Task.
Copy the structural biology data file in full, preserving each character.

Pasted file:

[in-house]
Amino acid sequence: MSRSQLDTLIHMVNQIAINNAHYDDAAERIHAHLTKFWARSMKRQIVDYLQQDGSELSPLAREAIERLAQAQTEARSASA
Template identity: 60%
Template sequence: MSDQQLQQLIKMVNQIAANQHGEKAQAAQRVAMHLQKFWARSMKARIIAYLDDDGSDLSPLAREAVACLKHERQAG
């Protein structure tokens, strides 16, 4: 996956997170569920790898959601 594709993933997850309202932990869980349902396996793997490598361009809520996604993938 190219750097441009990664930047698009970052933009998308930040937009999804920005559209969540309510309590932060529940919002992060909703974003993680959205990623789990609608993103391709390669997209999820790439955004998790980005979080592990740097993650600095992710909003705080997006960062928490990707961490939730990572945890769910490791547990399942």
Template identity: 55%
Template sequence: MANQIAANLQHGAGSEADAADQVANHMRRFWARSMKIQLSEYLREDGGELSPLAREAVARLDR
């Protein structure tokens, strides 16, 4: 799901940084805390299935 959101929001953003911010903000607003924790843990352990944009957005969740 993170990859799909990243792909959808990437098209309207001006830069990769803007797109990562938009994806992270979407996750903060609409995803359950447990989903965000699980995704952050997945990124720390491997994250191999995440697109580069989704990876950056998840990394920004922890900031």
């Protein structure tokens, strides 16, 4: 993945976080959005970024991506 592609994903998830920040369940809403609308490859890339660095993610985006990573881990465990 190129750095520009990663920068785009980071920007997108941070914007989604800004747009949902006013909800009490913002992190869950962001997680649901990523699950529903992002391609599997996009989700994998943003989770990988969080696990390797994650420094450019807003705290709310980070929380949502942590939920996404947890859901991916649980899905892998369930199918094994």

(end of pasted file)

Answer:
[in-house]
Amino acid sequence: MSRSQLDTLIHMVNQIAINNAHYDDAAERIHAHLTKFWARSMKRQIVDYLQQDGSELSPLAREAIERLAQAQTEARSASA
Template identity: 60%
Template sequence: MSDQQLQQLIKMVNQIAANQHGEKAQAAQRVAMHLQKFWARSMKARIIAYLDDDGSDLSPLAREAVACLKHERQAG
């Protein structure tokens, strides 16, 4: 996956997170569920790898959601 594709993933997850309202932990869980349902396996793997490598361009809520996604993938 190219750097441009990664930047698009970052933009998308930040937009999804920005559209969540309510309590932060529940919002992060909703974003993680959205990623789990609608993103391709390669997209999820790439955004998790980005979080592990740097993650600095992710909003705080997006960062928490990707961490939730990572945890769910490791547990399942």
Template identity: 55%
Template sequence: MANQIAANLQHGAGSEADAADQVANHMRRFWARSMKIQLSEYLREDGGELSPLAREAVARLDR
């Protein structure tokens, strides 16, 4: 799901940084805390299935 959101929001953003911010903000607003924790843990352990944009957005969740 993170990859799909990243792909959808990437098209309207001006830069990769803007797109990562938009994806992270979407996750903060609409995803359950447990989903965000699980995704952050997945990124720390491997994250191999995440697109580069989704990876950056998840990394920004922890900031």
């Protein structure tokens, strides 16, 4: 993945976080959005970024991506 592609994903998830920040369940809403609308490859890339660095993610985006990573881990465990 190129750095520009990663920068785009980071920007997108941070914007989604800004747009949902006013909800009490913002992190869950962001997680649901990523699950529903992002391609599997996009989700994998943003989770990988969080696990390797994650420094450019807003705290709310980070929380949502942590939920996404947890859901991916649980899905892998369930199918094994």